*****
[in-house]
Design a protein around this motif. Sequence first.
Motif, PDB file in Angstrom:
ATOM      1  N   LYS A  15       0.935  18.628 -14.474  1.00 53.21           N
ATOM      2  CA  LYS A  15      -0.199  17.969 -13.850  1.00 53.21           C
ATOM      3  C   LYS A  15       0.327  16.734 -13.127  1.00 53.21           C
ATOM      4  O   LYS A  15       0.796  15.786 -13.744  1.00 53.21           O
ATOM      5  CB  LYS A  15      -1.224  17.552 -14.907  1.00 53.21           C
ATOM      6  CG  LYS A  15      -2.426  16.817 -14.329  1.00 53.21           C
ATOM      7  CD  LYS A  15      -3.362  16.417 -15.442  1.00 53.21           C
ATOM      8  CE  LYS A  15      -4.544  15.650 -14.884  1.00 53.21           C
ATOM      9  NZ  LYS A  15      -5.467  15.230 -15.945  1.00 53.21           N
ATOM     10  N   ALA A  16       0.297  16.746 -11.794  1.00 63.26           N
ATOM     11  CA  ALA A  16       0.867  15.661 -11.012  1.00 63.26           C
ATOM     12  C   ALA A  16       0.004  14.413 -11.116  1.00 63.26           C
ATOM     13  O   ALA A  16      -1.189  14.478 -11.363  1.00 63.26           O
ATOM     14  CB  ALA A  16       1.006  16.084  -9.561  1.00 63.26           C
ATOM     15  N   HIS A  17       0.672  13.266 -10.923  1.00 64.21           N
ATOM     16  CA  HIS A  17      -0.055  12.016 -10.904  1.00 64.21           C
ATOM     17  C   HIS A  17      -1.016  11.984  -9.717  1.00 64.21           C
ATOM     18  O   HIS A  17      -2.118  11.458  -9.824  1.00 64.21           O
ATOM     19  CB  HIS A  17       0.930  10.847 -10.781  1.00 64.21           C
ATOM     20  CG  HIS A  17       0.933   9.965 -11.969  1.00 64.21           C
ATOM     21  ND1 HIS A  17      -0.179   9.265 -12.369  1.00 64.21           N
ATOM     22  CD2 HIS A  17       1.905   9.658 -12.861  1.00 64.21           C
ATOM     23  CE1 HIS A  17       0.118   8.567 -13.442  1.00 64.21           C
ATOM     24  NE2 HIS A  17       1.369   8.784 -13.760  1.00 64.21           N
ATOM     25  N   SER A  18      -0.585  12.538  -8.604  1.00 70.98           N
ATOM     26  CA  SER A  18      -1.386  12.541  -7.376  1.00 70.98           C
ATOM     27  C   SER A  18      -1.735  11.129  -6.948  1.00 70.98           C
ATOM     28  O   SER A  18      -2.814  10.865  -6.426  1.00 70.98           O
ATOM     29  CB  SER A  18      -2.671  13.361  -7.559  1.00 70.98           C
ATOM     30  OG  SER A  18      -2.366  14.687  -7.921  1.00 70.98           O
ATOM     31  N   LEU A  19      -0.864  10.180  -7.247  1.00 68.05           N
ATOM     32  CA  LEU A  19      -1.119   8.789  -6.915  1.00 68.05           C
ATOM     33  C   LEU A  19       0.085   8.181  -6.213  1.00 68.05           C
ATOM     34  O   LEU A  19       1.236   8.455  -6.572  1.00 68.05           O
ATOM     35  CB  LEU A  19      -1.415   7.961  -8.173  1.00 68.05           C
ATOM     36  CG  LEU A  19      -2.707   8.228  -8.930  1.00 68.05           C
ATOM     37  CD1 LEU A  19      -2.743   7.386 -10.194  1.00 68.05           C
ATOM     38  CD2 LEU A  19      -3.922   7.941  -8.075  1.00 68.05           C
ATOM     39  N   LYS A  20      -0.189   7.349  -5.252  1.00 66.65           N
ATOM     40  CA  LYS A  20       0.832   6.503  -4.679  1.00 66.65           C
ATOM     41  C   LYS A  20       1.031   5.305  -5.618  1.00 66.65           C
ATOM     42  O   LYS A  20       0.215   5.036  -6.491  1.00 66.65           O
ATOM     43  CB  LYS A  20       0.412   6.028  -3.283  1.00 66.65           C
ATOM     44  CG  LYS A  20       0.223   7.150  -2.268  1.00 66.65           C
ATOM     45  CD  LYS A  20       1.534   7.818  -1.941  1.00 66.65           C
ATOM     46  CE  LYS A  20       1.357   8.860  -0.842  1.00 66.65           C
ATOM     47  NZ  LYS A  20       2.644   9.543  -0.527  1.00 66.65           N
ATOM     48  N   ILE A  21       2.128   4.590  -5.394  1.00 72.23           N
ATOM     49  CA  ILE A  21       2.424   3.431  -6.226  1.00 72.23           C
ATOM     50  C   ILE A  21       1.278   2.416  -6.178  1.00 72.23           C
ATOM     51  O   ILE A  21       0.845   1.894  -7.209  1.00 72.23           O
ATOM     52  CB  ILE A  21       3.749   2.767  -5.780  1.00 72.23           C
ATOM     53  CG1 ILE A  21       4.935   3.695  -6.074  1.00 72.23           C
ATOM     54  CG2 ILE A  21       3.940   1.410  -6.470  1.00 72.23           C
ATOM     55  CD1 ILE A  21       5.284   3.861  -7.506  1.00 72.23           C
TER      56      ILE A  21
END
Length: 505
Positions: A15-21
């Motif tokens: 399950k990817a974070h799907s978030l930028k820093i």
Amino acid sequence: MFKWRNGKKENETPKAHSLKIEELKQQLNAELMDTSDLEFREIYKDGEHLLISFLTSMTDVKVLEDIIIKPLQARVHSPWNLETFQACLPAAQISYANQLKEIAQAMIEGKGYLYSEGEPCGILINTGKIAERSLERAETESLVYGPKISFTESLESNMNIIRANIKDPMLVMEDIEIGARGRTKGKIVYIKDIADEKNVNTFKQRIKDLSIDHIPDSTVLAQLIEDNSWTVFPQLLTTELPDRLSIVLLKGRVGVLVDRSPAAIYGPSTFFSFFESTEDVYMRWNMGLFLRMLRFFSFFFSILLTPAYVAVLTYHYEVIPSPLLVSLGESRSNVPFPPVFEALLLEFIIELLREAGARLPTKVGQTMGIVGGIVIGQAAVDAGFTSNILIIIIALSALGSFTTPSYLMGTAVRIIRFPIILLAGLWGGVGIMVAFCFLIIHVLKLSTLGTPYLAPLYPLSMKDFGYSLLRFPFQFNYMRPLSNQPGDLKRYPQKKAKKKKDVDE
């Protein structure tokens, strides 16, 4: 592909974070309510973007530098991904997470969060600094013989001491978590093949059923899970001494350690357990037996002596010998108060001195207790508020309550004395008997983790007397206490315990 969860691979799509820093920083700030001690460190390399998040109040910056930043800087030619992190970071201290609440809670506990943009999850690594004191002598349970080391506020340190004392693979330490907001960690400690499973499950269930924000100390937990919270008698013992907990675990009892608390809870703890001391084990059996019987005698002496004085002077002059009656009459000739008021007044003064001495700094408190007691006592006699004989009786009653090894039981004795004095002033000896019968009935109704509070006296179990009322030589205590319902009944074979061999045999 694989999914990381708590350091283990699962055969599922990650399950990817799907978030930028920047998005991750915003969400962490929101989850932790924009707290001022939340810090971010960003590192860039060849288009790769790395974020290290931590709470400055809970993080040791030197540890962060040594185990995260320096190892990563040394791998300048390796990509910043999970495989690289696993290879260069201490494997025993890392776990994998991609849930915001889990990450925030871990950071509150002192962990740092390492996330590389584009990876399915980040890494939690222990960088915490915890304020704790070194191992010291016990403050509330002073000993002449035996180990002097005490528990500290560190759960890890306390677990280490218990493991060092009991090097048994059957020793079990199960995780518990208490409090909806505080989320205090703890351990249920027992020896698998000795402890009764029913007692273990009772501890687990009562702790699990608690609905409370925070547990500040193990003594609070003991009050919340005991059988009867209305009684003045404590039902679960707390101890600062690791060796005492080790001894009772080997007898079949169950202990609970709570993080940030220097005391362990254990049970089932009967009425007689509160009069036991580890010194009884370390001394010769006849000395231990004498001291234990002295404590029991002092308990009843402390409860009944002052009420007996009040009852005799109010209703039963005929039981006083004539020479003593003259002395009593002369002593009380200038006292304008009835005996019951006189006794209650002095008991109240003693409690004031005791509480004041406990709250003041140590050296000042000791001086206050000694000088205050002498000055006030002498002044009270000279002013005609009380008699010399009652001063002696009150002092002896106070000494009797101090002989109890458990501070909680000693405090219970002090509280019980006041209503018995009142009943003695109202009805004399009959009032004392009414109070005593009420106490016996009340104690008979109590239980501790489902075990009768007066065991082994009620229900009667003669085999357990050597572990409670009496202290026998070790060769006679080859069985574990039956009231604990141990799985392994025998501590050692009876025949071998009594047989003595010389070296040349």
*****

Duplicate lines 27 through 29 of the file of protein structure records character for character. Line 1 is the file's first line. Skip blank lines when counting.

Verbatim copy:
ATOM     24  NE2 HIS A  17       1.369   8.784 -13.760  1.00 64.21           N
ATOM     25  N   SER A  18      -0.585  12.538  -8.604  1.00 70.98           N
ATOM     26  CA  SER A  18      -1.386  12.541  -7.376  1.00 70.98           C